The Missions to Seamen Institute, Rochester

A feeling that the physical, moral and spiritual welfare of merchant seamen were at risk led to the creation of the first Mission to Seamen in Bristol in 1856. New branches soon sprang up all over Britain. Clergy, scripture readers and other lay workers dedicated themselves to saving seamen from the dangers and temptations which were assumed to be besetting them. Ships in port were visited, church services held and working and living conditions on board scrutinised.

In 1861, following an appeal from local clergy, the Missions to Seamen organisation sent a lay reader to serve the Port of Rochester. Three years later, a shore facility in the form of a reading room was opened near Rochester Bridge. A larger building at Blue Boar Pier replaced it in 1877. The Rochester Mission got its own chaplain in 1885, and a small yacht – the Oriel – was donated by Oriel College, Oxford. A steam launch followed in 1897.

A landmark was reached in 1908, when thanks to the efforts of the then chaplain Rev R Griffiths, a substantial new building, the Missions to Seamen Institute was opened at the corner of High Street and Furrells Road.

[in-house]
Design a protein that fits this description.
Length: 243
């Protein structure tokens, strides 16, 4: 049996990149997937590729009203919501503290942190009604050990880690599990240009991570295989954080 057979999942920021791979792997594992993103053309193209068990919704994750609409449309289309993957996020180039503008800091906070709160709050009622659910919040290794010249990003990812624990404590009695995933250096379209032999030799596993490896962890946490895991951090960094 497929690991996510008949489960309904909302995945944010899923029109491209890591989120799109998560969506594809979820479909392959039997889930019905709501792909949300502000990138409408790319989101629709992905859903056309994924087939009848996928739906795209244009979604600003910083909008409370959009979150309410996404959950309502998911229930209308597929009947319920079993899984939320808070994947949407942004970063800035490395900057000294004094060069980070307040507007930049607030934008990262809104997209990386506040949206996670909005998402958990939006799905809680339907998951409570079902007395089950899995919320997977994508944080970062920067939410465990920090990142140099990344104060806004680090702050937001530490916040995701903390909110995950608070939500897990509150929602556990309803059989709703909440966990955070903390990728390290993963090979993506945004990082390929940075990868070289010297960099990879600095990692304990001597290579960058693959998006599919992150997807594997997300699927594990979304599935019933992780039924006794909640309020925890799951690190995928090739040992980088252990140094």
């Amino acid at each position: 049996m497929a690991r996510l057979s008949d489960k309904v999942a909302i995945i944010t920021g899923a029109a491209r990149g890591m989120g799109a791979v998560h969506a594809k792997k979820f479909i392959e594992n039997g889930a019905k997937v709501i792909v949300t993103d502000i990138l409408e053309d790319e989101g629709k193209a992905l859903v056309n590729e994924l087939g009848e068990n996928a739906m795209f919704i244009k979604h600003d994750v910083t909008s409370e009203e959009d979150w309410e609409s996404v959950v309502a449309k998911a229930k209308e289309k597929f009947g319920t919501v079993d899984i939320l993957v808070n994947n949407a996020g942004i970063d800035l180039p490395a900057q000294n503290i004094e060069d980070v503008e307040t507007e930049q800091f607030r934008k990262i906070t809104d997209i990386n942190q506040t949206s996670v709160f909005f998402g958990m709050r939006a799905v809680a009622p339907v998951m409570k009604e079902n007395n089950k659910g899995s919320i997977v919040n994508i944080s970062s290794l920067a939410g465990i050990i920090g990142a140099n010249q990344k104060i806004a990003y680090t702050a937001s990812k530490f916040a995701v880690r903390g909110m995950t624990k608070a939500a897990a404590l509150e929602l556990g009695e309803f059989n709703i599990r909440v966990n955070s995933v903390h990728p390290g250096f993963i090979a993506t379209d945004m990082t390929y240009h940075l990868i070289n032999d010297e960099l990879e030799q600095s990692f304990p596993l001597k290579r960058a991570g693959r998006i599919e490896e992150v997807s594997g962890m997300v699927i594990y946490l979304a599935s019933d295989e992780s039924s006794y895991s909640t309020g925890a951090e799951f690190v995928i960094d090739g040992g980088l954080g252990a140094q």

The Institute contained bedrooms, recreation and dining rooms and a simple chapel. The workers based there served the River Medway from Maidstone to the Nore, although within three years the Thames/Medway estuary area centred on Sheerness formed its own station.

The Rochester Seamen’s Institute continued to flourish for more than forty years. By the late 1940s it had twelve bedrooms, hot and cold showers, a canteen, a reading room, a library and a writing room as well as a chapel.

However, the amount of shipping using the Port of Rochester was in decline, and in the austere conditions of the post-war period, there was an urgent need for economy. The imminent closure of the Rochester facility -  the Flying Angel Institute as it was by then called -  was announced in 1951. Some functions would be transferred to the growing port at Tilbury. Meanwhile, the Admiralty would donate a redundant motor launch for the missioners to use on the Thames and Medway between Tower and Rochester bridges.

Following its closure, the former Rochester Institute became home to car showrooms – for the Rootes group in the first instance, and presently it houses a Peugeot dealership; see picture below.

The Mission to Seamen was renamed the Mission to Seafarers in 2000.